The most impressive track is the ballad “Headed for a Heartbreak”.  Cheesey, yes.  But listen for a moment, to the arrangement, and to the playing.  It’s a hit power ballad, yes…but there are progressive complexities to the arrangement.  Listen to Rod Morgenstein’s drumming.  His patterns are not simple rock cliches.  Too bad it’s so hard to hear what he’s doing.  Winger has a brittle production, thanks to schlock-meister Beau Hill, ruiner of many an album.  Over-processing and harsh gating on Rod’s drum sound gives the album a plastic feel.  Some tracks such as “State of Emergency” should have more heft, but it is lost.  “Time to Surrender” needs less gloss.  The album has hardly any bass, and the thing about that is that Kip Winger is actually a pretty good bassist (not to mention singer).

The CD only bonus track (oh 1988, I miss you so) is a short rocker called “Higher and Higher”.  It’s a better track than the similar-paced “Poison Angel” and should have swapped places with it.  There’s also one other interesting little track to be found.  Another short rocker called “Out for the Count” made an appearance on the soundtrack to Karate Kid III.  I picked that up at a Zellers store, I think, on a clearance sale around 1992.  It was an odd find, but being a collector I grabbed it for the one track.  (Also on the CD is “48 Hours” by a band called PBF, better known as Pretty Boy Floyd!)  Swap “Out for the Count” for “Purple Haze”, and the Winger album would have been far stronger.

It’s really hard to boil this down to a simple number rating.  I’ve come up with an equation based on your valuing of playing and songcraft,

Where x = a scale from 0-5 on how much you value shredding,

and y = a scale from 0-5 on your importance of song craft,

Then the rating for this album is:

= 3 + (x/4) – (y/4) / 5 stars








REVIEW: Alice Cooper – Prince of Darkness (1989)

ALICE COOPER – Prince of Darkness (1989 MCA)

Even though Alice hadn’t produced anything as timeless as “School’s Out” during his 1980’s comeback, his profile rose greatly.  Clean, sober and focused, Alice Cooper was very active in the last part of the decade.  The same year as his final MCA album Raise Your Fist and Yell, he had memorable appearance at Wrestlemania III.  In the corner of “good guy” Jake the Snake Roberts, Cooper had the honour of draping Roberts’ snake named Damien all over the Honky Tonk Man.  After that, even my dad knew who Alice Cooper was.

Cooper only had a two record deal with MCA:  Constrictor was the first in ’86; also the first album in the comeback period.  Having re-established himself with MCA, Alice then signed with Epic and had a genuine smash success with 1989’s Trash.  With a dream team of writers and collaborators (including hitsmiths Desmond Child, Jon Bon Jovi, Richie Sambora, Steven Tyler, Joe Perry and many more), Alice scored a platinum album.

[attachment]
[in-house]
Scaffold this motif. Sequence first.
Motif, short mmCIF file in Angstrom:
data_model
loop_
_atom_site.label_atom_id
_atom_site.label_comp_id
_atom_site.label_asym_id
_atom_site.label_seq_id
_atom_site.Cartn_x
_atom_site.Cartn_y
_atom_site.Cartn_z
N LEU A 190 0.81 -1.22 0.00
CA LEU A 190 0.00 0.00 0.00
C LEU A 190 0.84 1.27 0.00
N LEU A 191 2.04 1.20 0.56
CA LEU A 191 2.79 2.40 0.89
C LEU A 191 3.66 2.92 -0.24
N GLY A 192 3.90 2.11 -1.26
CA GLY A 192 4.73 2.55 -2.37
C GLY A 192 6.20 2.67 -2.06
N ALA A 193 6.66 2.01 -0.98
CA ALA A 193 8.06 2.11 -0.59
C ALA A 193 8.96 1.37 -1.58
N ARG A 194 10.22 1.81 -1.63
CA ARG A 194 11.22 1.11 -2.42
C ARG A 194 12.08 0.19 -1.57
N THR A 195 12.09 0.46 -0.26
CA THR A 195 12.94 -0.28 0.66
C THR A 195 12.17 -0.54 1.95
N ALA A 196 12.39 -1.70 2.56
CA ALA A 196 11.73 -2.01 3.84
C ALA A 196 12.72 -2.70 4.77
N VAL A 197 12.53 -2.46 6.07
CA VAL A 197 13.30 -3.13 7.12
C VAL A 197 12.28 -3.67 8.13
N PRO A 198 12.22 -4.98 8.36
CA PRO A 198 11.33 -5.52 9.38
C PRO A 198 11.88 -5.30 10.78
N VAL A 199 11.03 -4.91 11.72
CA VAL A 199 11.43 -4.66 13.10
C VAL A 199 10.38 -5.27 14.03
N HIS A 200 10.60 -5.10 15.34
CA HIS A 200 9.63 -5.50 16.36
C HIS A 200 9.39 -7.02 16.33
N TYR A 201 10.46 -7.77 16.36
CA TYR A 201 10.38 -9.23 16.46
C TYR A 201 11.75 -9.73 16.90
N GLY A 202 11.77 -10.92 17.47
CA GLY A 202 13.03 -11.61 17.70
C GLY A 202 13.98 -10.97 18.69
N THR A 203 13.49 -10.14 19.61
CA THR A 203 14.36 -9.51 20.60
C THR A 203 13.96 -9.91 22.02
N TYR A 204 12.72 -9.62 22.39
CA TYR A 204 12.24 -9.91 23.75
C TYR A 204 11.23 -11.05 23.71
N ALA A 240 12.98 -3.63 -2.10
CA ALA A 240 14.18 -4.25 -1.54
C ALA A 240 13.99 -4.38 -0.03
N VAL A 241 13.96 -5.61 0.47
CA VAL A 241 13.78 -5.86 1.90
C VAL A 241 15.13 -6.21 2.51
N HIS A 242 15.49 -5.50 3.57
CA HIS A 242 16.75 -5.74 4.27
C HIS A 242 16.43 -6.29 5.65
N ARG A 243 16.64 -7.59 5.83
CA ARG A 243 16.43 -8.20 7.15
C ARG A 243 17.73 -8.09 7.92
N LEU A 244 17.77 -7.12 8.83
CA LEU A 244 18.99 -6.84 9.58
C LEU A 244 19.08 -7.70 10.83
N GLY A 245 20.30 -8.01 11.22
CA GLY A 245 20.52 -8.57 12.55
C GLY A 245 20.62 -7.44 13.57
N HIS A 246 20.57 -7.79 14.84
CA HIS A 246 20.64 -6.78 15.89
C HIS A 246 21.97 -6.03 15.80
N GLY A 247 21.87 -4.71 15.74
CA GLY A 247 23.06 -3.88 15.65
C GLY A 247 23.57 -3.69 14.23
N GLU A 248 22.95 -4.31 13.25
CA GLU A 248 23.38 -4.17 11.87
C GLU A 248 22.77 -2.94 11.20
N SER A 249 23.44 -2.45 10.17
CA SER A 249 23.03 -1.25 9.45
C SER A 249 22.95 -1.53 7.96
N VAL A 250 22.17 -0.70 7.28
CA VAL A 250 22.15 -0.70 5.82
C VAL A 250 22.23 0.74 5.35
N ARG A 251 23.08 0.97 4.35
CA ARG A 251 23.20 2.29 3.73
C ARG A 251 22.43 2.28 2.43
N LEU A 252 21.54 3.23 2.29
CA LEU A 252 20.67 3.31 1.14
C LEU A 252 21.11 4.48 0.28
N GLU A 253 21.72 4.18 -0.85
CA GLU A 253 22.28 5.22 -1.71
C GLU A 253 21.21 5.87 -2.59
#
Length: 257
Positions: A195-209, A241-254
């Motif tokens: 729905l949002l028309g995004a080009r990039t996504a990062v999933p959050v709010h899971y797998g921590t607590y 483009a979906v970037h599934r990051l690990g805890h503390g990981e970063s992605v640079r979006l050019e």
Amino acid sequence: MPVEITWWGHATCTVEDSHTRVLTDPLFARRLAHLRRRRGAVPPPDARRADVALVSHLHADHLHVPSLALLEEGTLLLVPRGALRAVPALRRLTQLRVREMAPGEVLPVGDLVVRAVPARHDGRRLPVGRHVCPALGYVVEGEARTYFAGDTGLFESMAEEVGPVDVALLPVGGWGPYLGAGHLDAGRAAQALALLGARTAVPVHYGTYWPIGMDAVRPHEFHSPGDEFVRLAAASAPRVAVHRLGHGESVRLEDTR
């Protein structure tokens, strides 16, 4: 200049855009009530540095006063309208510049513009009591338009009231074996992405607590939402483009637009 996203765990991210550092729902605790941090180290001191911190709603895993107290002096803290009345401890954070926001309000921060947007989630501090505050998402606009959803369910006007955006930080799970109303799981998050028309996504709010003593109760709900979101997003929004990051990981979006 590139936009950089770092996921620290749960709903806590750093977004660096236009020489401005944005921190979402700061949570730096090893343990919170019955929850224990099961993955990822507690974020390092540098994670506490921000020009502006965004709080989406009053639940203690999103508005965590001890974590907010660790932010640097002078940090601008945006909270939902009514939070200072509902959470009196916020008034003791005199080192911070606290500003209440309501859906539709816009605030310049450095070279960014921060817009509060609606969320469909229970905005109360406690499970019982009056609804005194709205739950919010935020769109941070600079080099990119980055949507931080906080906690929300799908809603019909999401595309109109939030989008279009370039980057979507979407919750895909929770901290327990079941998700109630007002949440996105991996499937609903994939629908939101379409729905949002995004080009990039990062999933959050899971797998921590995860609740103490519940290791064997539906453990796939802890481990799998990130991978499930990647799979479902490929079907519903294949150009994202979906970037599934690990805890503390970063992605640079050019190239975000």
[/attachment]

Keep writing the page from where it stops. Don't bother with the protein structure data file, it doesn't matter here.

While Trash was still charting and producing singles, MCA put out a competing record:  Prince of Darkness, a 10 track compilation of Cooper’s material for that label.  Normally these kinds of releases are throw-aways, but Prince of Darkness is not and this review will tell you all about it.

It is not unfair to state that Constrictor and Raise Your First were mixed affairs.  You had to wade through a significant amount of filler to reach a disproportionate amount of modern classics.  Prince of Darkness does a great service by collecting some of the best material together on one CD.  It is well sequenced and even includes one rare track, an exclusive on compact disc.

A grand opening is the dark and metallic “Prince of Darkness”, a theme song from a movie of the same name.  This ominous and menacing track is one of the more memorable from this era, a heavy monument.  It works amazingly well as an opening track, and “Roses on White Lace” follows by going faster and heavier.  It was surprising to hear Alice creep this close to thrash metal, but what a track!  A distorted vocal adds to the creep factor, making this one of the better samples of Cooper’s music during his “splatter horror” period.  The 1986 single “Teenage Frankenstein” would be a must-own for any fan, and there it is in the #3 position.  The big single from this era was “He’s Back (The Man Behind the Mask)”, a synthpop classic quite unlike the prior metal material.  Right here is an easy and simple way to get this classic track, without having to buy Constrictor.  Same with “Teenage Frankenstein”.

A nice little track here is a 1976 live recording of “Billion Dollar Babies”!  This was a B-side from the “He’s Back (The Man Behind the Mask)” single, but Prince of Darkness is the only CD with it.  The track itself sounds heavily remixed (remixing is credited to Garth Richardson) but it is indeed a B-side that is easy to acquire by getting this disc.  Ignore the annoying, screaming overdubbed crowd and just dig the vintage performance of one of Alice Cooper’s most timeless numbers.

There are a few filler tracks on side two.  “Lock Me Up” was fun, but not particularly memorable.  Feel free to skip “Simple Disobedience” and “Thrill My Gorilla”, and go straight to “Life and Death of the Party”.  Alice steps back into the shadows for a chilling horror number, mid-tempo and overcast.  We are over and out with “Freedom”, another great single and dangerously close to thrash metal again.  Prince of Darkness serves as the most effective way to get this one.

That’s why I recommend Prince of Darkness to any fan who wants to get a slice of Alice in the late 80’s — but just a slice.  The whole cake is for diehards.

4/5 stars

REVIEW: Alice Cooper – Constrictor (1986)


Scan_20160207 (2)ALICE COOPER – Constrictor (1986 MCA)